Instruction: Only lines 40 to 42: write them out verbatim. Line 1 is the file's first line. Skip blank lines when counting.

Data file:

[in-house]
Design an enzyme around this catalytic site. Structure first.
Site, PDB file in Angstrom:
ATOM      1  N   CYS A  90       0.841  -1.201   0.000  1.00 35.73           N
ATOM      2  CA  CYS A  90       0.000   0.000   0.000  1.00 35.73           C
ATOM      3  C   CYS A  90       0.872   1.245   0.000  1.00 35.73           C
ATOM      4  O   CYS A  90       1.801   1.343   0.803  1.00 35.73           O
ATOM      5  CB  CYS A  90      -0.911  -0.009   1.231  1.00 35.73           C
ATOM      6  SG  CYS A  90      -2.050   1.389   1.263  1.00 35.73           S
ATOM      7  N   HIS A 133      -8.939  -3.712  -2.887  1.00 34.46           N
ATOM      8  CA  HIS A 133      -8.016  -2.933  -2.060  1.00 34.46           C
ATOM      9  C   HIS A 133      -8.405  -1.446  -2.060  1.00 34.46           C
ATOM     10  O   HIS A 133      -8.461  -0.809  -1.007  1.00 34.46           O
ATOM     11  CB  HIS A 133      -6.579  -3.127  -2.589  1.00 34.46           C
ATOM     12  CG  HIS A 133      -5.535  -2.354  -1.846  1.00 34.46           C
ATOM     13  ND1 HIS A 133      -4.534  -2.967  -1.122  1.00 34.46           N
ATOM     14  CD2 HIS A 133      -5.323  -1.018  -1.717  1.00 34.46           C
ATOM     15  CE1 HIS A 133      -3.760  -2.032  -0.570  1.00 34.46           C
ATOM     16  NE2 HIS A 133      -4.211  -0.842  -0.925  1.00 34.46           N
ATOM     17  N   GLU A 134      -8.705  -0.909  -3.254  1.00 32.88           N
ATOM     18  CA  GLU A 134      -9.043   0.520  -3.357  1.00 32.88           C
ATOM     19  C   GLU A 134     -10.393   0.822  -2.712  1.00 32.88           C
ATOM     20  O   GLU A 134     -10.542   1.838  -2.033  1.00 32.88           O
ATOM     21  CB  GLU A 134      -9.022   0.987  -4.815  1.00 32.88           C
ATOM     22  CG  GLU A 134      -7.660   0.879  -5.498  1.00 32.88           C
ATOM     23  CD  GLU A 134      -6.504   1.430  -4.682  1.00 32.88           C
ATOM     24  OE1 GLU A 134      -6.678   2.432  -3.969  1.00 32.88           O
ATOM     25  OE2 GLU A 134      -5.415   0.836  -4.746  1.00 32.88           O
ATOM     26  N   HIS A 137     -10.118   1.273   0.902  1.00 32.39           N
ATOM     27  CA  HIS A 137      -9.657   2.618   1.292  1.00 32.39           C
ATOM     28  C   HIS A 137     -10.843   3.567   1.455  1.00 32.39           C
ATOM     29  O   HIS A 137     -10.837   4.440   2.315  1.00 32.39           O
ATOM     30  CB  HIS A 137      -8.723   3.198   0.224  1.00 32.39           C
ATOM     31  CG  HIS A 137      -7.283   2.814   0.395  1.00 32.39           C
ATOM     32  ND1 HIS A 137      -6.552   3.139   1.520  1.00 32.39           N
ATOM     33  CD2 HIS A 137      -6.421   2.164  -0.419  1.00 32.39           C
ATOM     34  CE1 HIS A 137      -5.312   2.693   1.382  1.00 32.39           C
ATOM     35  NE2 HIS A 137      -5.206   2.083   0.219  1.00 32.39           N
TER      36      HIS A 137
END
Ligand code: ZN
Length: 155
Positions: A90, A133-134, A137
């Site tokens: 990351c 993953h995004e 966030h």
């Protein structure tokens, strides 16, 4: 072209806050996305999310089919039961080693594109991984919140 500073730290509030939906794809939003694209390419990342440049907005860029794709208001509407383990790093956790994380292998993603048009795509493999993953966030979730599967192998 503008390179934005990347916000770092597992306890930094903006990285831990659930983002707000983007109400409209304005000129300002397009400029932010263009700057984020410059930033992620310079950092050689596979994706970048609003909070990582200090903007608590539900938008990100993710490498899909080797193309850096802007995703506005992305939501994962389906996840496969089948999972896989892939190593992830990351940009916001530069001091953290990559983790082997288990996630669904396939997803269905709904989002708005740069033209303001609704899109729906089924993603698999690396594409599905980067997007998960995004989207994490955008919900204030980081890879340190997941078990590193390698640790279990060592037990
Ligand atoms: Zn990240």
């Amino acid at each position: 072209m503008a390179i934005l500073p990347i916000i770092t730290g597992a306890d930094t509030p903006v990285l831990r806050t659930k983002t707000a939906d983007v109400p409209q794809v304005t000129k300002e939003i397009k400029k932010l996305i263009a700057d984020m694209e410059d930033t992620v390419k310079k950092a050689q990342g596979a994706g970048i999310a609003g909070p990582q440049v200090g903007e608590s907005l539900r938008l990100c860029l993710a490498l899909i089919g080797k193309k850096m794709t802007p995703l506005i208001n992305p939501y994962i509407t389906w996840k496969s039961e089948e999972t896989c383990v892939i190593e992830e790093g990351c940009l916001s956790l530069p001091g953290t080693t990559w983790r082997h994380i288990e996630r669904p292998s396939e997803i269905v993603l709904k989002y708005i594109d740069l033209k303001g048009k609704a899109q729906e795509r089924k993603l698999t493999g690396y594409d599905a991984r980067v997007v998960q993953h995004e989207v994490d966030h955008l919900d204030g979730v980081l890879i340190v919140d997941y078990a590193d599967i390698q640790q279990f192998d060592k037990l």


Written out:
END
Ligand code: ZN
Length: 155